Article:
“We must choose to cast our lot either with a society that admits only private faiths … or we must hoist a banner to a higher Sovereign, the Lord of lords and King of kings.”
Twilight of a Great Civilization: The Drift Toward Neo-Paganism
Published by Crossway Books in 1988, Twilight of a Great Civilization is Henry’s most comprehensive examination of proper evangelical relations with American culture and politics. The text is best read in the wake of The Christian Mindset in a Secular Society (1984), and Christian Countermoves in a Decedent Culture (1986).
Whereas The Christian Mindset concerns more practical advice for Christians engaging in politics, and Christian Countermoves details the necessity of Christ in the modern cultural and politic sphere, Twilight of a Great Civilization expounds more broadly Henry’s philosophy. The text is not easy to summarize. The book does not strive toward one “main” argument or understanding, rather it reads more like a collection of essays addressing topics surrounding culture, religion, philosophy, and history.
Summary of Contents
The book is broken up into six sections, each containing 3-4 chapters. In Section I, “The Rise of Neo-Paganism,” Henry details the ways in which he understands western culture to be on the decline. Principally, his critiques and concerns revolve around rampant post-modernism relativism, amoral naturalism, and unexamined transcendentalism. Section II, “Essentials in the Battle for Truth,” presents Henry’s case for Christ and for the Christian mindset. Henry portrays a depraved humanity, hopelessly in need of Christ, and a destructively subjectivist culture, in need of biblical moral grounding.
In the third section, “Illusion, Idealism and Biblical Truth,” Henry argues that evangelical theology needs to be deeply biblical and theologically rooted, rather than socially oriented. Henry uses liberation theology, capital punishment, and evangelical ecumenism to address the boundaries between biblical convictions and social amiableness. Section IV, “Education and the Quest for Truth,” concerns Henry’s critiques of western academia, which are basically the same as his critiques of western culture; namely, the displacement of absolute values in favor of relativism. Henry’s vision for university education is somewhat “classical.” He understands a good education to be one that cultivates humility and uses texts that could range from Plato’s Republic to the Bible, in order to answer perennial questions concerning the “who,” “where,” and “why” of human life.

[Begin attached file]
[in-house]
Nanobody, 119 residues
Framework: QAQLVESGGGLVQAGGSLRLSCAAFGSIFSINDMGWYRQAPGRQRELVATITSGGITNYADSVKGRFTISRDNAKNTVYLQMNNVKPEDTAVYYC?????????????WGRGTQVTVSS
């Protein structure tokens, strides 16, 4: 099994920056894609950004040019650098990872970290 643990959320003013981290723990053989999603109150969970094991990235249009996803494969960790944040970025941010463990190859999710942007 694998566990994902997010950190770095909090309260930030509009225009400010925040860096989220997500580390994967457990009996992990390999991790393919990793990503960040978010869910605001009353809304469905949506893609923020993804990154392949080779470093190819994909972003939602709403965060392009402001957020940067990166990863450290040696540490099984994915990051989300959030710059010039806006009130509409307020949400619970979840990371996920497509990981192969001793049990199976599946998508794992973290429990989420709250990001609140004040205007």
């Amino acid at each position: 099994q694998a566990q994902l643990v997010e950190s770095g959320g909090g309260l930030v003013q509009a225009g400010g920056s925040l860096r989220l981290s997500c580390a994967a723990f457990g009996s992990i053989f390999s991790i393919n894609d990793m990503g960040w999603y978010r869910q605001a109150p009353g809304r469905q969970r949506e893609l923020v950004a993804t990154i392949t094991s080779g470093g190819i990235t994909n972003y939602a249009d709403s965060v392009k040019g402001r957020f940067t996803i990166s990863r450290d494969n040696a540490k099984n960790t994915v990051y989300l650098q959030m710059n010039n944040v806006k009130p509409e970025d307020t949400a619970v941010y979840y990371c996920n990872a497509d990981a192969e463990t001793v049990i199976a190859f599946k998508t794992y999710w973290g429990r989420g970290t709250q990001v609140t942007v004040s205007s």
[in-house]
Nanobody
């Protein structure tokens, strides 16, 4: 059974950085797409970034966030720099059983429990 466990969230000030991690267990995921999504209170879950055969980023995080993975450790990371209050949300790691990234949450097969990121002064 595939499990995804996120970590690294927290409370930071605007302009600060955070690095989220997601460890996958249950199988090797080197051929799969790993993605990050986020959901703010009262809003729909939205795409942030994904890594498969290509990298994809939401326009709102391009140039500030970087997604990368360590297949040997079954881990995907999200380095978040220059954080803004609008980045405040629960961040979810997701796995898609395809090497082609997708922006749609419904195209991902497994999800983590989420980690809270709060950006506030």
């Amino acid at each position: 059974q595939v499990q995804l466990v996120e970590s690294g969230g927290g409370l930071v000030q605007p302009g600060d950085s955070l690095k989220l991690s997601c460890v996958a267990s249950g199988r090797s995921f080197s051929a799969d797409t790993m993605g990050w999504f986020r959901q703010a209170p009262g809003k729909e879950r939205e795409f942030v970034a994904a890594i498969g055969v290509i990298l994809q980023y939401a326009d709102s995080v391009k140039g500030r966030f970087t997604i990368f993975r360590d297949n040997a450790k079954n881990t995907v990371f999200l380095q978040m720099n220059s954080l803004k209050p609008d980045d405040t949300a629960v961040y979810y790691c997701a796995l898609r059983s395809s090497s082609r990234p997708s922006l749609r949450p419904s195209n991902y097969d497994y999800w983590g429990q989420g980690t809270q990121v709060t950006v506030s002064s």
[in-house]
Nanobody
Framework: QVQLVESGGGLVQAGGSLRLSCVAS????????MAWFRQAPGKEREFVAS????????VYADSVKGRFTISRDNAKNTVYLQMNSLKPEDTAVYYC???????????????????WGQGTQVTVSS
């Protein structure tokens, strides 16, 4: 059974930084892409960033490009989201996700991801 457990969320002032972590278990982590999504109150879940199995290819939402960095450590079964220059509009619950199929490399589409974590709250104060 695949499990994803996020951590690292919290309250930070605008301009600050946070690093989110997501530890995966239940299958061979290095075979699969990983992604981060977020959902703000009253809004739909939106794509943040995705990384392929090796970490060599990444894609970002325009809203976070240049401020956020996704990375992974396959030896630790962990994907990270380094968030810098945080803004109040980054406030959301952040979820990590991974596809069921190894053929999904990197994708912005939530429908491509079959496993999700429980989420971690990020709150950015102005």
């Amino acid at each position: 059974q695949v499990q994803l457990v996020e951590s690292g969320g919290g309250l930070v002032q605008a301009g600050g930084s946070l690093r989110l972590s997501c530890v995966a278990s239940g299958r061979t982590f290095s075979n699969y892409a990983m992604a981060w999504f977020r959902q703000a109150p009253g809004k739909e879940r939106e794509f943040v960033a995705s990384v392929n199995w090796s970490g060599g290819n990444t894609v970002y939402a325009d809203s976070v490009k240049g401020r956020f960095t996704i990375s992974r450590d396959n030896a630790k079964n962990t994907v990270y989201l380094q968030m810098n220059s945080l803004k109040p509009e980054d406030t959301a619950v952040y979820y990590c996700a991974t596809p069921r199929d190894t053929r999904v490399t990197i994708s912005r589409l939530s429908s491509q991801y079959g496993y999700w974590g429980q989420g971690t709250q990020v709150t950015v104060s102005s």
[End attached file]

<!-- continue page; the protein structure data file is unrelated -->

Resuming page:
Section V, “Confronting Neo-Paganism,” is written to Christian spiritual and intellectual leaders. Henry refutes the presumption that Christianity is “counter-cultural” or “incompatible” with culture. Rather, he argues that western culture needs Christianity, and more specifically, it needs academic and philosophically-minded Christians who are able to confront destructive philosophical trends and embolden human dignity and rights. The final section, “Before Hell Breaks Out,” reiterates and contextualizes the challenges from his 1947 text, The Uneasy Conscience of Modern Fundamentalism. Henry continues to argue that Christians need to be amongst the vanguard of those fighting against social injustice, at the forefront of academic scholarship, and working always towards evangelical cooperation.
Henry’s final challenge to Christians of modernity is best conveyed if left in his own words. He writes:
“We must choose to cast our lot either with a society that admits only private faiths, and then simply add another idol to modernity’s expanding God-shelf, or we must hoist a banner to a higher Sovereign, the Lord of lords and King of kings. Just as the Christian witness to “one Lord, one faith, one baptism” invited unrelenting persecution by Roman authorities, so also Christianity’s reiteration of a universal validity-claim still invites and will continue to invite the entrenched hostility of modern intellectual authority. But our awesome imperative as Christian scholars is to address the divided mind and civilization turmoil of modernity. The loss of Biblical theism takes its steady toll as world-wisdom declines from theism to humanism and then from humanism to animalism, the neo-paganism of our time. If evangelicals believe that the enduring corrective of modernity’s badly-skewed ethical and epistemic compass is the self-disclosed God and His moral agenda, they had better say so and live so in this crucial turning-time in America.” (181)